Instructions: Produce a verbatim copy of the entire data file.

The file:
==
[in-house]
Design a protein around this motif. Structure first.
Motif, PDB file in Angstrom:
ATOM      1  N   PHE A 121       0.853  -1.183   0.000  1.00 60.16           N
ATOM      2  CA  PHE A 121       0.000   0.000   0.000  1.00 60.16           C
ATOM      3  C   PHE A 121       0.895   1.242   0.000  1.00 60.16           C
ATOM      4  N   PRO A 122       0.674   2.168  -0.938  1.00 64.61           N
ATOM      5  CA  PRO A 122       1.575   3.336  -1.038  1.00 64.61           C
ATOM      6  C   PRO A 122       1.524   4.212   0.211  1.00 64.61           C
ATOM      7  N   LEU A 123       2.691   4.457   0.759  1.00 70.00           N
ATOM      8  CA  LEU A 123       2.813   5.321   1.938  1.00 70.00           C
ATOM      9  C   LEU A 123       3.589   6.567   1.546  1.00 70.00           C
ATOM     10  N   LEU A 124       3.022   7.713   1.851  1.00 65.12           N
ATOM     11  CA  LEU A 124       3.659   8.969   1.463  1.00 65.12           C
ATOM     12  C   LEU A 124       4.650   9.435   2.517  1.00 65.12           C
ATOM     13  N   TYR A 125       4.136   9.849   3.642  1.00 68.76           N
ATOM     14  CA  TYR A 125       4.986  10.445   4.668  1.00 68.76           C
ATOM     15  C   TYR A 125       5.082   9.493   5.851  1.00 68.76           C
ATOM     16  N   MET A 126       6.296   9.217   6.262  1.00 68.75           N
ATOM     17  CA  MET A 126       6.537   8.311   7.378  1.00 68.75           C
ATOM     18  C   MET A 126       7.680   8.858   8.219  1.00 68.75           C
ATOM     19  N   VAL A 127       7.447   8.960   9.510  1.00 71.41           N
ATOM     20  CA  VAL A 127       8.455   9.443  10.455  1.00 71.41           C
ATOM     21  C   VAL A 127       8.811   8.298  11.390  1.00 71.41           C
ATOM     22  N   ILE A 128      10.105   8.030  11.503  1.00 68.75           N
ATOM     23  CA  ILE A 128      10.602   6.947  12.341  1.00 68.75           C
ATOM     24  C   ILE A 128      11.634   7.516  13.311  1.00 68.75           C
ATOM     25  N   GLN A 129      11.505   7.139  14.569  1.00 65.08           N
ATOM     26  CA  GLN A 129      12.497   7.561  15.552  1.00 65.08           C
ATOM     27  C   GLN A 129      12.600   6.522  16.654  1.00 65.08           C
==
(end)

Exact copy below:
[in-house]
Design a protein around this motif. Structure first.
Motif, PDB file in Angstrom:
ATOM      1  N   PHE A 121       0.853  -1.183   0.000  1.00 60.16           N
ATOM      2  CA  PHE A 121       0.000   0.000   0.000  1.00 60.16           C
ATOM      3  C   PHE A 121       0.895   1.242   0.000  1.00 60.16           C
ATOM      4  N   PRO A 122       0.674   2.168  -0.938  1.00 64.61           N
ATOM      5  CA  PRO A 122       1.575   3.336  -1.038  1.00 64.61           C
ATOM      6  C   PRO A 122       1.524   4.212   0.211  1.00 64.61           C
ATOM      7  N   LEU A 123       2.691   4.457   0.759  1.00 70.00           N
ATOM      8  CA  LEU A 123       2.813   5.321   1.938  1.00 70.00           C
ATOM      9  C   LEU A 123       3.589   6.567   1.546  1.00 70.00           C
ATOM     10  N   LEU A 124       3.022   7.713   1.851  1.00 65.12           N
ATOM     11  CA  LEU A 124       3.659   8.969   1.463  1.00 65.12           C
ATOM     12  C   LEU A 124       4.650   9.435   2.517  1.00 65.12           C
ATOM     13  N   TYR A 125       4.136   9.849   3.642  1.00 68.76           N
ATOM     14  CA  TYR A 125       4.986  10.445   4.668  1.00 68.76           C
ATOM     15  C   TYR A 125       5.082   9.493   5.851  1.00 68.76           C
ATOM     16  N   MET A 126       6.296   9.217   6.262  1.00 68.75           N
ATOM     17  CA  MET A 126       6.537   8.311   7.378  1.00 68.75           C
ATOM     18  C   MET A 126       7.680   8.858   8.219  1.00 68.75           C
ATOM     19  N   VAL A 127       7.447   8.960   9.510  1.00 71.41           N
ATOM     20  CA  VAL A 127       8.455   9.443  10.455  1.00 71.41           C
ATOM     21  C   VAL A 127       8.811   8.298  11.390  1.00 71.41           C
ATOM     22  N   ILE A 128      10.105   8.030  11.503  1.00 68.75           N
ATOM     23  CA  ILE A 128      10.602   6.947  12.341  1.00 68.75           C
ATOM     24  C   ILE A 128      11.634   7.516  13.311  1.00 68.75           C
ATOM     25  N   GLN A 129      11.505   7.139  14.569  1.00 65.08           N
ATOM     26  CA  GLN A 129      12.497   7.561  15.552  1.00 65.08           C
ATOM     27  C   GLN A 129      12.600   6.522  16.654  1.00 65.08           C